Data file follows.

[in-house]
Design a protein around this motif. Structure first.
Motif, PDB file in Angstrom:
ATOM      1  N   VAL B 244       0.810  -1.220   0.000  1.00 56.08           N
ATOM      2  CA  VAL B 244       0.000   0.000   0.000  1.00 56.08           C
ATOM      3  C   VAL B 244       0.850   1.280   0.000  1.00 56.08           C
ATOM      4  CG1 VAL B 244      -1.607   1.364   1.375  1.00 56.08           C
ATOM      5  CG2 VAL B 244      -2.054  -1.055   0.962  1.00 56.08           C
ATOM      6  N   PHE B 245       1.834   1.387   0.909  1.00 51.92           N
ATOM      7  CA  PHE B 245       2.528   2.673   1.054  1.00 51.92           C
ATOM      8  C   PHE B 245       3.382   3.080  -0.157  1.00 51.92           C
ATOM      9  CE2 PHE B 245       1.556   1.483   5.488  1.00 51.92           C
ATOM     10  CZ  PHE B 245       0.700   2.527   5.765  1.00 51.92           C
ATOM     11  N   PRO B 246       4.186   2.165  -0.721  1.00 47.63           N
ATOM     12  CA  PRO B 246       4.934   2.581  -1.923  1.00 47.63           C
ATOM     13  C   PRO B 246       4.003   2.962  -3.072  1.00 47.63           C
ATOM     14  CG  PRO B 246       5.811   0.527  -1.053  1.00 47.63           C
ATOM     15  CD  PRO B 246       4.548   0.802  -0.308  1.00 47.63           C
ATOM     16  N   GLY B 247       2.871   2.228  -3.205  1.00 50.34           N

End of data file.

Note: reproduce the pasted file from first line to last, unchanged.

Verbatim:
[in-house]
Design a protein around this motif. Structure first.
Motif, PDB file in Angstrom:
ATOM      1  N   VAL B 244       0.810  -1.220   0.000  1.00 56.08           N
ATOM      2  CA  VAL B 244       0.000   0.000   0.000  1.00 56.08           C
ATOM      3  C   VAL B 244       0.850   1.280   0.000  1.00 56.08           C
ATOM      4  CG1 VAL B 244      -1.607   1.364   1.375  1.00 56.08           C
ATOM      5  CG2 VAL B 244      -2.054  -1.055   0.962  1.00 56.08           C
ATOM      6  N   PHE B 245       1.834   1.387   0.909  1.00 51.92           N
ATOM      7  CA  PHE B 245       2.528   2.673   1.054  1.00 51.92           C
ATOM      8  C   PHE B 245       3.382   3.080  -0.157  1.00 51.92           C
ATOM      9  CE2 PHE B 245       1.556   1.483   5.488  1.00 51.92           C
ATOM     10  CZ  PHE B 245       0.700   2.527   5.765  1.00 51.92           C
ATOM     11  N   PRO B 246       4.186   2.165  -0.721  1.00 47.63           N
ATOM     12  CA  PRO B 246       4.934   2.581  -1.923  1.00 47.63           C
ATOM     13  C   PRO B 246       4.003   2.962  -3.072  1.00 47.63           C
ATOM     14  CG  PRO B 246       5.811   0.527  -1.053  1.00 47.63           C
ATOM     15  CD  PRO B 246       4.548   0.802  -0.308  1.00 47.63           C
ATOM     16  N   GLY B 247       2.871   2.228  -3.205  1.00 50.34           N